TOUGHBOOK Ahoy! Rugged devices saving lives at sea.
Isabelle Joschke will be relying on the Panasonic TOUGHBOOK to guide her on her journey in the world’s toughest sailing race, the Vendée Globe 2020, in just over a month’s time. It's considered an extreme quest of individual endurance and the ultimate test in ocean racing. The single-handed, non-stop, round the world yacht race was founded by Philippe Jeantot in 1989, and since 1992 has taken place every four years.
Panasonic TOUGHBOOK has been supporting Isabelle Joschke in her races and sea crossings for the past decade. It was thanks to Raphaëla Le Gouvello, a famous French windsurfer herself and Panasonic partner, that the sailor contacted us for the first time in 2007. A year later, our partnership was formed to support Isabelle in her first solo race in Figaro Bénéteau.
Since then, Isabelle has used the TOUGHBOOK G1 tablet, with its resistance to all weather conditions and shocks a significant advantage during a race at sea.
Then when first participating in the Vendée Globe, she also took the TOUGHBOOK 33, a detachable, ultra-rugged laptop, which was connected to the ship's docking station to provide a precise location in real-time.
When travelling at sea, cartography is essential to plotting your path and finding your way across the world’s oceans, says Isabelle. All today’s skippers use computer equipment for this job but when out on the ocean alone, you have to be able to rely on that equipment one hundred percent and Isabelle has that relationship of trust with Panasonic devices. We wish her all the best for her forthcoming intrepid journey.
Panasonic TOUGHBOOK devices are also being used by scientists to map and study whales and dolphins in the Mediterranean and Black Seas. ACCOBAMS, or The Agreement for the Conservation of Cetaceans of the Black Sea, Mediterranean Sea and contiguous Atlantic Area – to give it its full name! - was created in 2001, and has been signed by 24 countries, with the aim of protecting and studying the marine populations. The survey assesses the conditions of the aquatic mammal population throughout the area.
The survey began during the summer of 2018 and 2019, and is now moving towards its final phase. Over 100 scientific observers have participated in the project, working at sea and in the sky with 8 dedicated aircraft and 6 boats. In approximately four combined months of fieldwork they have covered more than 92,000 km, moving on specific tracks, selected using statistical software.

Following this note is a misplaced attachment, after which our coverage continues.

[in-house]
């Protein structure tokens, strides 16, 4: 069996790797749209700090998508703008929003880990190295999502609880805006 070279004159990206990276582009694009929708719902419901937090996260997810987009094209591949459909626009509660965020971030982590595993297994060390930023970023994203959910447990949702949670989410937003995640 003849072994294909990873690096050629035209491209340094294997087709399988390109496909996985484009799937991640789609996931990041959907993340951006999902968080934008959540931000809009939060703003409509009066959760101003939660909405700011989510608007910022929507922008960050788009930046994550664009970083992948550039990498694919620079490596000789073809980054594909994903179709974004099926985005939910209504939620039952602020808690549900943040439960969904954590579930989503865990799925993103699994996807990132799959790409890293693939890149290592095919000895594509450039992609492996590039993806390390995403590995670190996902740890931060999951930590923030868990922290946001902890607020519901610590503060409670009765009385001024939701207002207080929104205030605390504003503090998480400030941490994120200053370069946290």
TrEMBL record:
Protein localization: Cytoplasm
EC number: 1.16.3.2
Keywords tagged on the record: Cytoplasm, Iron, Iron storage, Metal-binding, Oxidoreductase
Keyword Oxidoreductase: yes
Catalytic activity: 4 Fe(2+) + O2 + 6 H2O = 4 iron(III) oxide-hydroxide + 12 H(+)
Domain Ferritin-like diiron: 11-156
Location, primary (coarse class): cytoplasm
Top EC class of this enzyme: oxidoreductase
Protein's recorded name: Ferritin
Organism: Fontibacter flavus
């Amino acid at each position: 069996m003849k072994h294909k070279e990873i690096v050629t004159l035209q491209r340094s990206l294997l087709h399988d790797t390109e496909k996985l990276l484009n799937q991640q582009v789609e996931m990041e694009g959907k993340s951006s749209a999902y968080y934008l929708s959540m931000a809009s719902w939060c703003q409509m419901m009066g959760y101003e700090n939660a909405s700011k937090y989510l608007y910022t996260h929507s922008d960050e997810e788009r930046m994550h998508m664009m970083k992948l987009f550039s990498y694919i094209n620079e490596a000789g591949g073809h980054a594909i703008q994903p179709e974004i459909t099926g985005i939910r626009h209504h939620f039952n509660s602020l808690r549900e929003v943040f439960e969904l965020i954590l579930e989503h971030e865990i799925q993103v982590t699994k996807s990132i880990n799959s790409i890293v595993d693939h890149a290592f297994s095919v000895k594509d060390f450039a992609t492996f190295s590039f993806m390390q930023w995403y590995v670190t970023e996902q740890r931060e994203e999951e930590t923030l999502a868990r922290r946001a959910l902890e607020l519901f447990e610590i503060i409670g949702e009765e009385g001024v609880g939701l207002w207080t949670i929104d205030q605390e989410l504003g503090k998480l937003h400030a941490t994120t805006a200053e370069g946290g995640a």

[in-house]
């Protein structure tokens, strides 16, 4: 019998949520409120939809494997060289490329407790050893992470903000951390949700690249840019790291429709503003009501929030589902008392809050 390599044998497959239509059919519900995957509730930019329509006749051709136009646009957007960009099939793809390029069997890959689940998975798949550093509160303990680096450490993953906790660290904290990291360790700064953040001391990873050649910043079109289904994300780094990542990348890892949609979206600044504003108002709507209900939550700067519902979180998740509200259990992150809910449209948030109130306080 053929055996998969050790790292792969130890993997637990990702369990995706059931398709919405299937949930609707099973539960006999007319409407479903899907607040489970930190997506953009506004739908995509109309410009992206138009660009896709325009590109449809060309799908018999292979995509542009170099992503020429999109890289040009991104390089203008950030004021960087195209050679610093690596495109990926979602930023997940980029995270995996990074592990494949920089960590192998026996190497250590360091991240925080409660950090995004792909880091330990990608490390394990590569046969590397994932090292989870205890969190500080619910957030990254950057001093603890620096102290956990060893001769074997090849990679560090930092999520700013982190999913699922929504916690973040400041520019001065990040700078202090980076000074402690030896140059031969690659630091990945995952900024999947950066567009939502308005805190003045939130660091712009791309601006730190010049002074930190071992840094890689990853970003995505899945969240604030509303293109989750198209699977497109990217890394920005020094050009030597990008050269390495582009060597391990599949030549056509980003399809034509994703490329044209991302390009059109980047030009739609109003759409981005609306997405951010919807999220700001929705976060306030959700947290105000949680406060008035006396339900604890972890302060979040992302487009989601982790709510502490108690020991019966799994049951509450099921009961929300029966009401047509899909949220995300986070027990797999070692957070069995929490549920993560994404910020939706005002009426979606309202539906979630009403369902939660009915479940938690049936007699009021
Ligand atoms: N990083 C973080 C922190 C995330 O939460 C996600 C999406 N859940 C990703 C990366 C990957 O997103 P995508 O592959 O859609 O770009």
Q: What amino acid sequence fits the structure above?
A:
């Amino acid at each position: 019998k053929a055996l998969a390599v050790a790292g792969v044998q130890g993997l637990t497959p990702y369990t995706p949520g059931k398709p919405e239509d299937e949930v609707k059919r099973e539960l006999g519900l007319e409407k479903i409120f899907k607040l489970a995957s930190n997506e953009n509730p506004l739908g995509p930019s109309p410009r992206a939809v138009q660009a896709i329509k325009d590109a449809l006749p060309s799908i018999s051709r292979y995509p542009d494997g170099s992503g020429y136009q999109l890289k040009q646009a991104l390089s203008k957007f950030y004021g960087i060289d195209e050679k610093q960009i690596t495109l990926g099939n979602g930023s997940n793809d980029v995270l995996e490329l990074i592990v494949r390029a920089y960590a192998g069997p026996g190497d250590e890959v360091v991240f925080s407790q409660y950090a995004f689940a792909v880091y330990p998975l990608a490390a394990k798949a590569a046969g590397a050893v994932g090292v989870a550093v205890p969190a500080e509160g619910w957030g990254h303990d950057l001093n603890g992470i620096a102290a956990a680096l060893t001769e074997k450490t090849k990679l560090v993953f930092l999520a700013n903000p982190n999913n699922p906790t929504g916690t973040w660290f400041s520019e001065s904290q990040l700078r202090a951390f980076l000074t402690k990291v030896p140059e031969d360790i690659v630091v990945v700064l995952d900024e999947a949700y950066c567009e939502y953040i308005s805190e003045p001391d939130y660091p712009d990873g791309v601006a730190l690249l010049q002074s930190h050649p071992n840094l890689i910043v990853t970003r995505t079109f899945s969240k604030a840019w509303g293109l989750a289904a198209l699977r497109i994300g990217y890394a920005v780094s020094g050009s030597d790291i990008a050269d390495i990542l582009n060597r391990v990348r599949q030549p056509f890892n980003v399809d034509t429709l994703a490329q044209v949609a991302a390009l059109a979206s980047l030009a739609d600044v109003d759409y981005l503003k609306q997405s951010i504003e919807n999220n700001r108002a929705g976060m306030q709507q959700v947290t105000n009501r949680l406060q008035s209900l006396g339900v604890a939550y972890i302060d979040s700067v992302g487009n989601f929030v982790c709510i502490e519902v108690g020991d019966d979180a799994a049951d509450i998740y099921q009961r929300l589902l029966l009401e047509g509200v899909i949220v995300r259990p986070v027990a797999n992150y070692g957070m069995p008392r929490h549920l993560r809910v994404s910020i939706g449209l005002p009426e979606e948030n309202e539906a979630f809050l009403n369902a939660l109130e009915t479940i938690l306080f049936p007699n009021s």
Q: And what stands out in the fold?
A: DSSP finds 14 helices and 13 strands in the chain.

An important tool for the observers during their missions are the rugged and semi-rugged Panasonic TOUGHBOOK notebooks. The long battery life, easily viewable screens in bright sunlight and their ability to operate in extreme environmental conditions, such as at high temperatures and despite water splashes, made them ideal for this use.
Being able to count on reliable devices was crucial in executing the project, said Simone Panigada, scientific coordinator at the ACCOBAMS Survey Initiative. When carrying out such a complicated initiative, based on real-time observation, there is no room for technical problems, as it can jeopardize the collection of data or waste an entire working day.
With two survey rounds in the Mediterranean and Black Seas, ACCOBAMS has had a unique opportunity to collect data not only on cetaceans, but also on other marine species, as well as monitoring marine litter and underwater noise. The results will serve as a valuable baseline to monitor population trends, but will also be considered in light of existing threats to the water mammals and lead to conservation recommendations.
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